Pope Francis met Friday with Patriarch Kirill in the first papal meeting with the head of the Russian Orthodox Church, a historic development in the 1,000-year schism that divided Christianity.

Francis and Kirill embraced and kissed one another three times on the cheek as they met in a wood-paneled VIP room at the Havana airport.

"We are brothers," Francis said as he embraced Kirill in the small, wood-panelled VIP room of Havana's airport, where the three-hour encounter took place.

"Now things are easier," Kirill agreed as he and the Pope met. "This is the will of God," the Pope said.

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Pope Francis walks with Cuba's President Raul Castro after his arrival at the Jose Marti International Airport in Havana on Friday. Francis landed in Mexico for a five-day visit shortly after his stop in Cuba. (Alexandre Meneghini/Reuters)

The meeting and signing of a joint declaration was decades in the making and cemented Francis's reputation as a risk-taking statesman who values dialogue, bridge-building and rapprochement at almost any cost.

The joint declaration is expected to touch on the single most important issue of shared concern between the Catholic and Orthodox churches today: the plight of Christians in Iraq and Syria who are being killed and driven from their homes by the Islamic State group.

It is being signed in the uniquely ideal location of Cuba: far removed from the Catholic-Orthodox turf battles in Europe, a country that is Catholic and familiar to Latin America's first pope, but equally familiar to the Russian church given its anti-American and Soviet legacy.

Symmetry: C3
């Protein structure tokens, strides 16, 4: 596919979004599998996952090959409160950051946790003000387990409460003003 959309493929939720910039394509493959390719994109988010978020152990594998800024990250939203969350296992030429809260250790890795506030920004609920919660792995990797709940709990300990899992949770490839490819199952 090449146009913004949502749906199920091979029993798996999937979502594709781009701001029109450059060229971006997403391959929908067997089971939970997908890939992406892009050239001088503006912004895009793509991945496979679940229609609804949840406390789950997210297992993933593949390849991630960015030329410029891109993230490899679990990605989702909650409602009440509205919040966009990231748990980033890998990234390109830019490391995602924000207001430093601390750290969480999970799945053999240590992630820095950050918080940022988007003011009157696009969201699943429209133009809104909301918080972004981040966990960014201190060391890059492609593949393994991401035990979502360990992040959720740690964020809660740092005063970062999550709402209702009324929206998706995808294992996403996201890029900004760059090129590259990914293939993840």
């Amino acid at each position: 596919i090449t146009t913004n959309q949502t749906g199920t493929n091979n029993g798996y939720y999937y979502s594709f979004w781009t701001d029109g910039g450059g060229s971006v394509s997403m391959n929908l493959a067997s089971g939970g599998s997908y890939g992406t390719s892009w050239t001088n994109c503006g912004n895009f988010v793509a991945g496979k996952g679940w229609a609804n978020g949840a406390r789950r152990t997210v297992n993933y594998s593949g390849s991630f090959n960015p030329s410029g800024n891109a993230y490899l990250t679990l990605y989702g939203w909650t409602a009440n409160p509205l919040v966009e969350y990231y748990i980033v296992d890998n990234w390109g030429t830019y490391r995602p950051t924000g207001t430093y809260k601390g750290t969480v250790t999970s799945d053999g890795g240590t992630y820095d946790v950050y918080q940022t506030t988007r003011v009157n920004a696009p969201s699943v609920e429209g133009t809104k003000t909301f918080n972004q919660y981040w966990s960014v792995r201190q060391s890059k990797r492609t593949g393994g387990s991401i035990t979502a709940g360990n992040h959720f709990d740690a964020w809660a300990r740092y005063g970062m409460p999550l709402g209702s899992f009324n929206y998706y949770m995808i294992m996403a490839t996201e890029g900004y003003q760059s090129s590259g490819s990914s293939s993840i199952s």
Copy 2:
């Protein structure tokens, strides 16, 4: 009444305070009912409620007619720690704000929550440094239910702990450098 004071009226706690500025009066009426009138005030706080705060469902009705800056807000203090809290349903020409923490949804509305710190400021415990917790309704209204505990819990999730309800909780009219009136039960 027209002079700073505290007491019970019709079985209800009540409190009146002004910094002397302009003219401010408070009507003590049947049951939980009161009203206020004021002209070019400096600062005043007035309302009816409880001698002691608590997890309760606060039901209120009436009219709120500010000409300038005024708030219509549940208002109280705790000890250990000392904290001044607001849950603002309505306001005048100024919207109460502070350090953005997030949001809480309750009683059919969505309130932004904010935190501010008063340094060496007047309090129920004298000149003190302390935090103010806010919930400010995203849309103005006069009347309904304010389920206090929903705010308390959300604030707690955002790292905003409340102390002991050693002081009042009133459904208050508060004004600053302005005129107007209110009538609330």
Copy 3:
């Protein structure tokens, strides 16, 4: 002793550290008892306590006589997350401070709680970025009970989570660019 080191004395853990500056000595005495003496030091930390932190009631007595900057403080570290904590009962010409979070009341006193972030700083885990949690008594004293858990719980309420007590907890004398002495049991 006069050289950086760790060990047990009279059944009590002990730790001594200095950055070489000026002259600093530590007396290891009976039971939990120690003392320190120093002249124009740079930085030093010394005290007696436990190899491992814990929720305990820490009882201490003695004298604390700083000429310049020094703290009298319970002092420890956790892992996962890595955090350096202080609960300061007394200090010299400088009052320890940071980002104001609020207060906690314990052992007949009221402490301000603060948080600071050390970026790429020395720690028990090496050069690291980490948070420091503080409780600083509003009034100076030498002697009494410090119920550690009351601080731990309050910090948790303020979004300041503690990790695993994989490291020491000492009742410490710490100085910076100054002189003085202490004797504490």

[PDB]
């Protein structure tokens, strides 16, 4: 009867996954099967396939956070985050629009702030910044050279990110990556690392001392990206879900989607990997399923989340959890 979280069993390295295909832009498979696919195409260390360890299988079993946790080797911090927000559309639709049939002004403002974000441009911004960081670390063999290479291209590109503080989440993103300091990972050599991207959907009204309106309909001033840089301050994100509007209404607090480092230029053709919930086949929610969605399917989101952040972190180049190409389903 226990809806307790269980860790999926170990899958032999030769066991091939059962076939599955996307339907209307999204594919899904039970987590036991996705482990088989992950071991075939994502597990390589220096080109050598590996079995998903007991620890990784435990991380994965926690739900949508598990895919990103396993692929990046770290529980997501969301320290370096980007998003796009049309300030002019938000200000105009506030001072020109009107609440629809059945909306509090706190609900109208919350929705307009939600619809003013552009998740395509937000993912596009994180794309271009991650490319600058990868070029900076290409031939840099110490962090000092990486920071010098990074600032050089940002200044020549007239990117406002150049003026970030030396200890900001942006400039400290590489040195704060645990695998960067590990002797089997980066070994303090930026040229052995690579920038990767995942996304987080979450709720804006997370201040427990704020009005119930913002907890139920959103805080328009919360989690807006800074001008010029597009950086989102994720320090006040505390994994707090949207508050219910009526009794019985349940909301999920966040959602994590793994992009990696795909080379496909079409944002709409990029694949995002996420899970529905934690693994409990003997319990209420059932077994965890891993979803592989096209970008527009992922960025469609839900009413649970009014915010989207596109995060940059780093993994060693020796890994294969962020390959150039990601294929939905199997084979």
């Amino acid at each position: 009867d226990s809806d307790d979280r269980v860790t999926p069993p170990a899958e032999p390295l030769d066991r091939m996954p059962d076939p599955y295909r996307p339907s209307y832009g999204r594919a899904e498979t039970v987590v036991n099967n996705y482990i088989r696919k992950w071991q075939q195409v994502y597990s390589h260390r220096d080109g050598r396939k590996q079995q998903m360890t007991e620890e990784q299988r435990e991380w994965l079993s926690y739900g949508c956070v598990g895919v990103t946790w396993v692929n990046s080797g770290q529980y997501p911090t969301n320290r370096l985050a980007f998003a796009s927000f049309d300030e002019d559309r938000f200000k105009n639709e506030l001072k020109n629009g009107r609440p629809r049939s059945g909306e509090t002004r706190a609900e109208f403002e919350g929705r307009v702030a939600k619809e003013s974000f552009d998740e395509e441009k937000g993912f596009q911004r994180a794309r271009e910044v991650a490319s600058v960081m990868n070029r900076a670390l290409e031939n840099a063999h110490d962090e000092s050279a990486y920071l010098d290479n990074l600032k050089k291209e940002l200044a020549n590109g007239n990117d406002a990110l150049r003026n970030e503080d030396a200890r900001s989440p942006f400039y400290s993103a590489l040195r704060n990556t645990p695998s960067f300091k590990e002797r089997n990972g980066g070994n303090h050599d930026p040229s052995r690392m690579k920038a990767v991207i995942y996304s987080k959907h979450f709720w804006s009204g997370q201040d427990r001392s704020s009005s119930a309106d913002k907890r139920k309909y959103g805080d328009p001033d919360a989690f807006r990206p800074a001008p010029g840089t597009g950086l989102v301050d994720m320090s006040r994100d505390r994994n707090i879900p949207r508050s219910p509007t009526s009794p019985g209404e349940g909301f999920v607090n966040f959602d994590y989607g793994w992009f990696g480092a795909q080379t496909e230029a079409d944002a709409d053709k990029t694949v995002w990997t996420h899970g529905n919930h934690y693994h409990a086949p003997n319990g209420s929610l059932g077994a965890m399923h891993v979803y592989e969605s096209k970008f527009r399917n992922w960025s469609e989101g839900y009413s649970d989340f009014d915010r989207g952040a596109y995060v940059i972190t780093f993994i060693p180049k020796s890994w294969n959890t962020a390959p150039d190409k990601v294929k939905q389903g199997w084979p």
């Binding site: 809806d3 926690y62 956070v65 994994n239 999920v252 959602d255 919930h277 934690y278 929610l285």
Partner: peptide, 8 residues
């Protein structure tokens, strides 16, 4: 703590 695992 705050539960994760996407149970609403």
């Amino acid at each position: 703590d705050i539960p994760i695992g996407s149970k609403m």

The Vatican is hoping the meeting will improve relations with other Orthodox churches and spur progress in dialogue over theological differences that have divided East from West ever since the Great Schism of 1054 split Christianity.

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Kirill is expected to visit Cuba's small Russian Orthodox Church, built between 2004 to 2008 and attended by Russian holdovers from the decades of Soviet influence in Cuba. (Enrique de la Osa/Reuters)

But Orthodox observers say Kirill's willingness to finally meet with a pope has less to do with any new ecumenical impulse than grandstanding within the West and the Orthodox Church at a time when Russia is increasingly under fire from the West over its military actions in Syria and Ukraine. Kirill, a spiritual adviser to Russian President Vladimir Putin, leads the most powerful of the 14 independent Orthodox churches that will meet this summer in Greece in the first such pan-Orthodox synod in centuries.

Catholic and Orthodox split in the Great Schism of 1054 and have remained estranged over a host of issues, including the primacy of the pope and, more recently, Russian Orthodox accusations that the Catholic Church was poaching converts in former Soviet lands. Those tensions have prevented previous popes from ever meeting with the Russian patriarch, even though the Vatican has long insisted that it was merely ministering to tiny Catholic communities.

Following the brief stop in Cuba, Francis landed in Mexico for an expected five-day visit, where the pontiff will bring a message of solidarity with the victims of drug violence, human trafficking and discrimination to some of that country's most violent and poverty-stricken regions.

Francis will end his trip in the violent northern city of Ciudad Juarez, where he will pray at the border for all who have died trying to cross into the U.S. — a prayer he hopes will resonate north of the border.

Kirill, on a longer stay, will also visit Cuba's small Russian Orthodox Church, built between 2004 to 2008 and attended by Russian holdovers from the decades of Soviet influence in Cuba.

With files from Reuters